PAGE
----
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Volume, washer method and shell method

  1. Dec 2, 2003 #1
    I don't understand how to set up the washer and shell equations. When you are given the function and the line to rotate it around, or two functions and a line.
     
  2. jcsd
  3. Dec 3, 2003 #2

    HallsofIvy

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    Suppose we are given an area bounded by certain curves in the xy-plane. That area is rotated around an axis to form a solid. Each point of the figure is rotated in a circle. If you slice the solid perpendicular to the axis you will see a "cross section" (the area revealed by the slice) that is either a full disk or a "washer" (the area between two circles. It's easy to calculate the area of a circle and you can imagine the solid as made of a lot of very thin circles.

    For example, suppose the part of the parabola y= x2 for 0< x< 1 is rotated around the y-axis. You get a parabolic solid and if you slice through it perpendicular to the y-axis, at any y, the "cut end" is a circle.

    In fact, imagine that this figure is a potato! Slice it into very thin slices to make potato chips. Each slice is a circle (disk, more properly). Its area is &pi;r2 and, taking "h" to be its thickness, its volume is &pi;r2h.

    If we put the slices back together we could reform the potato and the volume of the potato is the sum of the volumes of the slices.

    Of course, "r", the radius of the circle, varies from slice to slice. If our potato were really shaped like y= x2 rotated around the y-axis, then, since we are slicing perpendicular to the y-axis, "r" is equal to the x value: x= &radic;(y).

    The area of the slice is then &pi;r2= &pi;y and, setting this up as a "Riemann sum", the thickness, because it is measured along the y-axis, is dy: the volume of each slice is &pi;y dy and the sum of all the slices (as we imagine the slices becoming infinitesmally thin) becomes the integral of &pi;y dy from y=0 to 1:
    (1/2)&pi;y2 (evaluated between 0 and 1)= &pi;/2.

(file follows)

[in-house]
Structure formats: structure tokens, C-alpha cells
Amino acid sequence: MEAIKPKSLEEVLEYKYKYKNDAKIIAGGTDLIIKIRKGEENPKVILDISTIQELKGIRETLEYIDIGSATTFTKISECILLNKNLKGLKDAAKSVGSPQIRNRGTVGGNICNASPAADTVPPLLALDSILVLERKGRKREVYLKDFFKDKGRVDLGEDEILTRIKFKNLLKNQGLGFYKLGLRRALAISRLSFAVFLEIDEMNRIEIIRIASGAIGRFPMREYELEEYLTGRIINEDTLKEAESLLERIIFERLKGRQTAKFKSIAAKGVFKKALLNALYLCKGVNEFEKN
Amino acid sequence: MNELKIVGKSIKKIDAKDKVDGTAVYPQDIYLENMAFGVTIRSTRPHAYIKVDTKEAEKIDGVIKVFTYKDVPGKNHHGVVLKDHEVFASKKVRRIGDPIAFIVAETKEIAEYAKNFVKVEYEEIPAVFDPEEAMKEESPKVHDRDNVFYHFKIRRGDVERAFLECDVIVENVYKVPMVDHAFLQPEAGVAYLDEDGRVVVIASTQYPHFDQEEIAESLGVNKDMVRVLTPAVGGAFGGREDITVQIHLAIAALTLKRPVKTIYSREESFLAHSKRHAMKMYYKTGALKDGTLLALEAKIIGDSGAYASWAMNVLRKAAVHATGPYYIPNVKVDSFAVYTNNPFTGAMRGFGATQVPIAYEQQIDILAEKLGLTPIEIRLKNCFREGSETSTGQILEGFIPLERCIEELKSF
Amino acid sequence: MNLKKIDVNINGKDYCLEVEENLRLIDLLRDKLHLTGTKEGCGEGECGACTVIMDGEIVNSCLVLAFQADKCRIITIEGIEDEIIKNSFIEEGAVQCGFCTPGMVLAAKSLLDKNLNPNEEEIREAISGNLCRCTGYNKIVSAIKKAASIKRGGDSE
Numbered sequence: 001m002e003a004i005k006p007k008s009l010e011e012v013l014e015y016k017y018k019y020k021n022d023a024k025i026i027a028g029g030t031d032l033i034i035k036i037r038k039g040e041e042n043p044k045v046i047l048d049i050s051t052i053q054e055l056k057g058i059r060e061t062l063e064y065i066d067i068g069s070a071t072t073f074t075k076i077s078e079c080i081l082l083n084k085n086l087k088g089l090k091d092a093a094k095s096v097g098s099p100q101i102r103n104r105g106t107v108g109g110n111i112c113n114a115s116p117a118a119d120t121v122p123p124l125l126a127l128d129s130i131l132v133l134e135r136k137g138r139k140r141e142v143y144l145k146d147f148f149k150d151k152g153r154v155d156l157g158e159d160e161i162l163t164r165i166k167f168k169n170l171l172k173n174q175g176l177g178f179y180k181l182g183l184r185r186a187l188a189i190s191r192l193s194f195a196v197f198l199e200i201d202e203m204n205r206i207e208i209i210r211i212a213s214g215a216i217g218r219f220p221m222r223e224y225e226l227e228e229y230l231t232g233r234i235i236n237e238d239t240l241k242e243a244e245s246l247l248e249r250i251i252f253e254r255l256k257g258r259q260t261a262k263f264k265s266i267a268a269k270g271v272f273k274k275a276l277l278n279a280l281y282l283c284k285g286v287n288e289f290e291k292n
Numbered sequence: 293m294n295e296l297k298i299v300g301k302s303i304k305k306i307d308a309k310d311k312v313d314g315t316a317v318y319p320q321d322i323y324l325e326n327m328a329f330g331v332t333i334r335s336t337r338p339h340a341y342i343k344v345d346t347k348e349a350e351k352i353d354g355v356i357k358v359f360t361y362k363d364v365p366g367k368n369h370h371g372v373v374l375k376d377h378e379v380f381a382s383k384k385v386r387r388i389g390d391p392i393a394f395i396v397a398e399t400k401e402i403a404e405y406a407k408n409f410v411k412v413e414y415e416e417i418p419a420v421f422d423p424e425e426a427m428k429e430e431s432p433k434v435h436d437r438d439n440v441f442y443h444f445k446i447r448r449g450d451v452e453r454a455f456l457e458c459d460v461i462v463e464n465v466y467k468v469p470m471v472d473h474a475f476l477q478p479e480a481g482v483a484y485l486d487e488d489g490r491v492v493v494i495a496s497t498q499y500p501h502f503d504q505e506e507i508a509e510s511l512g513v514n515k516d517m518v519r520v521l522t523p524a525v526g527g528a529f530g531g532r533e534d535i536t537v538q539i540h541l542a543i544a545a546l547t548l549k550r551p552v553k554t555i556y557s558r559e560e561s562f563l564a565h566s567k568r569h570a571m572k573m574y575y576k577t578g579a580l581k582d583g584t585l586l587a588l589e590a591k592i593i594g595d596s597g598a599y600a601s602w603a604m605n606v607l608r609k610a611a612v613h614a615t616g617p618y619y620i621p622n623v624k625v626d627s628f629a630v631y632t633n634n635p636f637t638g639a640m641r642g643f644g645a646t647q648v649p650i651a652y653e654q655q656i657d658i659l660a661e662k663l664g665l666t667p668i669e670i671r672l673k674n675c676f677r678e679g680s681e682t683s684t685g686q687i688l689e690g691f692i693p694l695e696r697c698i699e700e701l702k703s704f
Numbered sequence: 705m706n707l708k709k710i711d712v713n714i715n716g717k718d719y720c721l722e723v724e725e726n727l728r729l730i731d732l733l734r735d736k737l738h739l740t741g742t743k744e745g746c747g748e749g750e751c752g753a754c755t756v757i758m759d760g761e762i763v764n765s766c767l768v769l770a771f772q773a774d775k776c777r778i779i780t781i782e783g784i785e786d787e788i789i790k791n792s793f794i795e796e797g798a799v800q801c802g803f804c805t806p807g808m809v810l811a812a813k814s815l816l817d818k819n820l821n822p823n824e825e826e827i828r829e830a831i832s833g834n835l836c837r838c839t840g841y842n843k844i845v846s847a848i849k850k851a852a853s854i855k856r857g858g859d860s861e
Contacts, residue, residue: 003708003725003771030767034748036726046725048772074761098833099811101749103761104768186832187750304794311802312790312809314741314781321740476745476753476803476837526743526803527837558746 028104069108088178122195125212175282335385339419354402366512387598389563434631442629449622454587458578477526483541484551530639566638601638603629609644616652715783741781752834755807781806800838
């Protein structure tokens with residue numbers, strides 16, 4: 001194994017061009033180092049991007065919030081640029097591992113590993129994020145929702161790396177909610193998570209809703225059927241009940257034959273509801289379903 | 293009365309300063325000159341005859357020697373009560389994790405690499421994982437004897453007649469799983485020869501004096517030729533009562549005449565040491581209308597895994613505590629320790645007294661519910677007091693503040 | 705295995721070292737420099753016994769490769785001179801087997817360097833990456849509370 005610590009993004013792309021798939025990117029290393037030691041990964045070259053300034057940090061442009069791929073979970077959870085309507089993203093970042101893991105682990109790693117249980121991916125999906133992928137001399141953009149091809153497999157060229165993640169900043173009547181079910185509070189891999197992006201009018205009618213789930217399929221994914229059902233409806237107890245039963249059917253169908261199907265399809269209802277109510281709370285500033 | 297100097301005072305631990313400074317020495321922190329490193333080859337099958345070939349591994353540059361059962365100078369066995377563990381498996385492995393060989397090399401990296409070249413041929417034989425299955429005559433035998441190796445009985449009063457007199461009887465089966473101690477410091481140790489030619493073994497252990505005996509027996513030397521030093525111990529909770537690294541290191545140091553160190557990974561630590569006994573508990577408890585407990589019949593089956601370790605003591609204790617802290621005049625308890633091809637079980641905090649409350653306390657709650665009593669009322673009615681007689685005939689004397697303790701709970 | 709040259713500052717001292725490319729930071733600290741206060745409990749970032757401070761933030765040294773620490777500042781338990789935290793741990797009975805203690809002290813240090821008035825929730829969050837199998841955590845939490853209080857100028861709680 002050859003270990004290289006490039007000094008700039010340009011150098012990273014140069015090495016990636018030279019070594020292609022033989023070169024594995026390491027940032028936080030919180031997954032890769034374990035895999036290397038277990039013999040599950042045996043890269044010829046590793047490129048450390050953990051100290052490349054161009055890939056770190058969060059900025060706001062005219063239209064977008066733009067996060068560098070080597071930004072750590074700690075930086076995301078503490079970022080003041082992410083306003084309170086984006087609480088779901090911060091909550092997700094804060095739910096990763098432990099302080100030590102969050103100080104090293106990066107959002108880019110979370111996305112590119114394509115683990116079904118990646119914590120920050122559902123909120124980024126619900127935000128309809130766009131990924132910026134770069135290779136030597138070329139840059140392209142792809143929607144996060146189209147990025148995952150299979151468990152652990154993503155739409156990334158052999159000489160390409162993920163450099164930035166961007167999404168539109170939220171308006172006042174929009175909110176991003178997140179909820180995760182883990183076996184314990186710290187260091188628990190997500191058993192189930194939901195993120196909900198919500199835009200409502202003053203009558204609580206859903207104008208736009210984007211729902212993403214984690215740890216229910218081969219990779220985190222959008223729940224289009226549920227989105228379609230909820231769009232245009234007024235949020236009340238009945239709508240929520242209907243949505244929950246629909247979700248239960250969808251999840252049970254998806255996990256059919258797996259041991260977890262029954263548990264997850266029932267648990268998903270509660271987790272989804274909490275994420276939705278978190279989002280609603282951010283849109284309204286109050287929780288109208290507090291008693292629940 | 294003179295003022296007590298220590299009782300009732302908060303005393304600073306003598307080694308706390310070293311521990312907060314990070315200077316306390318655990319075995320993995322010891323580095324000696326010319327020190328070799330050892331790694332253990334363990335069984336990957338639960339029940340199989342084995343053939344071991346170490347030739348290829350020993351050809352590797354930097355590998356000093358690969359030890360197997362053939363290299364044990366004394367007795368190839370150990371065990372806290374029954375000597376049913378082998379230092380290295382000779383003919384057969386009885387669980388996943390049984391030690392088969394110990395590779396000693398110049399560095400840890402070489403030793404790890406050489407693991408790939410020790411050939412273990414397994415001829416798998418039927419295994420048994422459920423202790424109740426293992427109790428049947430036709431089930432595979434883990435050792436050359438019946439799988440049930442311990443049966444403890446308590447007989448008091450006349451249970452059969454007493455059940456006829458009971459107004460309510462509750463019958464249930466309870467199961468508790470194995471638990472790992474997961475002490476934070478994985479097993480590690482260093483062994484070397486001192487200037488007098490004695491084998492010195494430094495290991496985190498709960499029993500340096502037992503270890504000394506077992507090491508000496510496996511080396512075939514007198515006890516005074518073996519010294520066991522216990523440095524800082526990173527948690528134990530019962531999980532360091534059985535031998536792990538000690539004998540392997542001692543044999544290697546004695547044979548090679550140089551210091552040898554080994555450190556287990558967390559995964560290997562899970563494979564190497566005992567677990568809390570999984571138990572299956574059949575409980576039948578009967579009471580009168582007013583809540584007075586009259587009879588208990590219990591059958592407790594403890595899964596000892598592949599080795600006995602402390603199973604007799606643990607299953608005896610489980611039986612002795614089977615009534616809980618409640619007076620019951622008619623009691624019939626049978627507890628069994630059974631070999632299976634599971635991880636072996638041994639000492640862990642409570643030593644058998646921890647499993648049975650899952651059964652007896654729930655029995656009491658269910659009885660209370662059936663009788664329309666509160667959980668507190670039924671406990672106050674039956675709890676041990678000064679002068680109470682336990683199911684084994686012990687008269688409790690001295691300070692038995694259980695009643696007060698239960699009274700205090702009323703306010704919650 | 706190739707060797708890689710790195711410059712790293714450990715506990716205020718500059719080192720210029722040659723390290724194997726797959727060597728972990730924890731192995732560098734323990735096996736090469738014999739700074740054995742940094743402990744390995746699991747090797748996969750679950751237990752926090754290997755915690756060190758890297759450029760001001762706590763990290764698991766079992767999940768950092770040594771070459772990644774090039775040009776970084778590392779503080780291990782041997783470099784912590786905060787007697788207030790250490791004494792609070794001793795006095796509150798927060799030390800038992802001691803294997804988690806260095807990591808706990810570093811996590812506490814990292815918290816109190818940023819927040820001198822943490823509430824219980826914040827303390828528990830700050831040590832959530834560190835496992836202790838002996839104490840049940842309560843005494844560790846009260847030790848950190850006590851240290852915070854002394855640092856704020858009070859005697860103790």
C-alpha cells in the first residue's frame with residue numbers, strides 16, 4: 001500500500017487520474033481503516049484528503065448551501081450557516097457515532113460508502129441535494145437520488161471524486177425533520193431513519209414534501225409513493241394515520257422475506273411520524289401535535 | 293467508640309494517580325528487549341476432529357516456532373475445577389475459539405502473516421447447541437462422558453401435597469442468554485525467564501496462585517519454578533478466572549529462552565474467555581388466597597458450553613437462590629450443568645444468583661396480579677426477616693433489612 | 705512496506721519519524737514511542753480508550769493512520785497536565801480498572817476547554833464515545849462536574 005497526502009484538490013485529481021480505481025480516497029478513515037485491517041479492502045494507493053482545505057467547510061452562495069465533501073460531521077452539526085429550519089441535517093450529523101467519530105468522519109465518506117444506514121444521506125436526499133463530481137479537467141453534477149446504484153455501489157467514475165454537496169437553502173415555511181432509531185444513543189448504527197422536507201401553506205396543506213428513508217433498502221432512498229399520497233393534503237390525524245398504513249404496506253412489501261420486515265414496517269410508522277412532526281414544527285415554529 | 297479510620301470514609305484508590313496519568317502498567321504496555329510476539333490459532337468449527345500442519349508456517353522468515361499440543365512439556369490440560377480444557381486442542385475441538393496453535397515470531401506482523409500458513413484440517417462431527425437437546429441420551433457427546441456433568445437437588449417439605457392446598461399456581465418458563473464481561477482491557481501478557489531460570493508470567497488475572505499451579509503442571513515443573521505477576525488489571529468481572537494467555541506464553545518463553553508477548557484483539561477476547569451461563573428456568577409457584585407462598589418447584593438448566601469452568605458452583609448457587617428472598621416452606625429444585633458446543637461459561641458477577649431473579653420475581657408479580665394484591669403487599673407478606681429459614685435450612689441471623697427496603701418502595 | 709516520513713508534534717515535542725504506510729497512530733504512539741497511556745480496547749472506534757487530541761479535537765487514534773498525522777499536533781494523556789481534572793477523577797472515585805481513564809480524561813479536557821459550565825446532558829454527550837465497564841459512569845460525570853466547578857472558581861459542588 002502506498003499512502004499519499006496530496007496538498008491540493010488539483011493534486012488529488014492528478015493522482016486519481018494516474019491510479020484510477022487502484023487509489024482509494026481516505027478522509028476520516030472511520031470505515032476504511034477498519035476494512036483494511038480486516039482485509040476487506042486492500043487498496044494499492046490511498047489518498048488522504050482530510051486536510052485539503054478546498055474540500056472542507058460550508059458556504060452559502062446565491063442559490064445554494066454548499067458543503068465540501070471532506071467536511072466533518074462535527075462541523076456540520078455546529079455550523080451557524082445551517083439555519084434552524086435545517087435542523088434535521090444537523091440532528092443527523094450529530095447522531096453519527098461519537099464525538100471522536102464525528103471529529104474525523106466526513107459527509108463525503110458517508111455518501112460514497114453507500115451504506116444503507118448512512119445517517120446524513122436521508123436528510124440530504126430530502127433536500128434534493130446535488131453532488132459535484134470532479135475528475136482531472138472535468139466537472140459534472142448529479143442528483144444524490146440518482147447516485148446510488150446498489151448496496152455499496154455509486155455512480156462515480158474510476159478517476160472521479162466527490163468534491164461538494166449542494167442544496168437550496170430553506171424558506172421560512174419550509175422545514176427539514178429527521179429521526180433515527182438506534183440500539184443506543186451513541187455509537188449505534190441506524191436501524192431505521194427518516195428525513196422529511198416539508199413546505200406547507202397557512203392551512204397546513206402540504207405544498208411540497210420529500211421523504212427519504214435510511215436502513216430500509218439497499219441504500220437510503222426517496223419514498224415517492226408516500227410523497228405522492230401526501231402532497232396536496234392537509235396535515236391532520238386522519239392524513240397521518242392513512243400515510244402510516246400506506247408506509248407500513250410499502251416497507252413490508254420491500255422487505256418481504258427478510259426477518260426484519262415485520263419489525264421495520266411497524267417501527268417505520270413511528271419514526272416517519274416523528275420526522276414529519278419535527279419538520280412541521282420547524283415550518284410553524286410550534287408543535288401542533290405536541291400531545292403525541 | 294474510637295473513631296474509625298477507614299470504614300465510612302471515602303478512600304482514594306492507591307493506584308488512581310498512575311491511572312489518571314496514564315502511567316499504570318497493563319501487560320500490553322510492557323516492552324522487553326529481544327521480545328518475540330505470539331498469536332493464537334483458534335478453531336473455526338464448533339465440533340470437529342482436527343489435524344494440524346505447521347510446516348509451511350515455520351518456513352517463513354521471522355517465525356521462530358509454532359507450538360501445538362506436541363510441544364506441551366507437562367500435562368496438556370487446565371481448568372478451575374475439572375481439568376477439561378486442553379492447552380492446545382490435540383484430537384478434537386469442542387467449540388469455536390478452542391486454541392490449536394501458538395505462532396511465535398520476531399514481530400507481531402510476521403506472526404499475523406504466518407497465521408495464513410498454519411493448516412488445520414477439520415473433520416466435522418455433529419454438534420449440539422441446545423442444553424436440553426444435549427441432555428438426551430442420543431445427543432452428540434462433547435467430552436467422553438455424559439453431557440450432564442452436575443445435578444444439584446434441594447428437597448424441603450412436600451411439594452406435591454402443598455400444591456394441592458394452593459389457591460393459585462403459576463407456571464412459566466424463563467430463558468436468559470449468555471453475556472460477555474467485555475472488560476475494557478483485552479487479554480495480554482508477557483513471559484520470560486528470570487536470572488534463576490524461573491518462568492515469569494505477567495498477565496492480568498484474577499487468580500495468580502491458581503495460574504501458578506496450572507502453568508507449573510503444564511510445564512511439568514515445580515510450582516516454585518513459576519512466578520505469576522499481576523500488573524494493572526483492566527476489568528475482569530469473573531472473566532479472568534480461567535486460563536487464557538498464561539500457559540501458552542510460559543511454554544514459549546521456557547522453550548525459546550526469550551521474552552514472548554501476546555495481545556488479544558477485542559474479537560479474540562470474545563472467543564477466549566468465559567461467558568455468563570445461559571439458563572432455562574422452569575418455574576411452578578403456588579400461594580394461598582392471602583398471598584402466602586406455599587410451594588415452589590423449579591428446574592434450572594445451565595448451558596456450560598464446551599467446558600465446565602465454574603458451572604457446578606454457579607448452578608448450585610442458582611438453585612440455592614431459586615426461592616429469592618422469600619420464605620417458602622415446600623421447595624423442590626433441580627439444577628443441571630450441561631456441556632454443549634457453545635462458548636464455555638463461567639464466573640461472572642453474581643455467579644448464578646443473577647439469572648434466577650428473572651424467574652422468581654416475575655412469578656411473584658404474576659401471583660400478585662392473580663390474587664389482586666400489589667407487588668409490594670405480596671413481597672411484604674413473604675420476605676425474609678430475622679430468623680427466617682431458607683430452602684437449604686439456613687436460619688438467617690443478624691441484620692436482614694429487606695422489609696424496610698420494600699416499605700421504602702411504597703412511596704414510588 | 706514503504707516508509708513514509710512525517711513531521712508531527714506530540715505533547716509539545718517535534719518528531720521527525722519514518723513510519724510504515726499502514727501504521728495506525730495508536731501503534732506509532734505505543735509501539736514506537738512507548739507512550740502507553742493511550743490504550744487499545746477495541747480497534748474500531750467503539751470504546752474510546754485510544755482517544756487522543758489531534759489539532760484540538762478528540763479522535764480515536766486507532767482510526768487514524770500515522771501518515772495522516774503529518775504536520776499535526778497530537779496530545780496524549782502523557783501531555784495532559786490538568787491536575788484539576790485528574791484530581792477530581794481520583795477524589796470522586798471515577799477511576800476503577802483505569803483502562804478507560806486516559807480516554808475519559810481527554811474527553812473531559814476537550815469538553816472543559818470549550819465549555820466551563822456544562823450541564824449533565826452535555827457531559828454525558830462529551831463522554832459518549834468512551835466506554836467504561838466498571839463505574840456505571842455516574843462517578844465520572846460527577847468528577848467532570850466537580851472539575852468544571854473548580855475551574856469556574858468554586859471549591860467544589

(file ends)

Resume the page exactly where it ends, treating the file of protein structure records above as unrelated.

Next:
4. Dec 3, 2003 #3
    i understand the theory behind the washer method, but what i dont get is the application of the theory, i dont understand how to set up the equations
     
  5. Dec 3, 2003 #4
    With the washer/disc method, if you're given a function f(x) and you want to rotate it, say around the x-axis - then you simply take a representative rectangle with its base on the x-axis (and its length going up to the function).

    Then the width/base of the representative rectangle will be dx, while the length will be f(x).

    When you rotate the function about the x-axis, that rectangle will essentially become the radius of the circular disc. So,

    [tex]V=\pi\int_{a}^{b}f(x)^2dx[/tex]

    For something with two functions, just take:

    [tex]V=\pi\int_{a}^{b}f(x)^2-g(x)^2dx[/tex]

    Where f(x) is a function above g(x).

    These are the steps I use to set up the equations for the disc method. Does that help?
     
  6. Apr 13, 2010 #5

    explains everything
     
    Last edited by a moderator: Sep 25, 2014
  7. Apr 19, 2010 #6
    this helps me when writing the integral... hey vex... if the drawn washer/disk is vertical (goes up and down) integrate over x (use dx), if it is horizontal (goes left and right) integrate over y (use dy)
     
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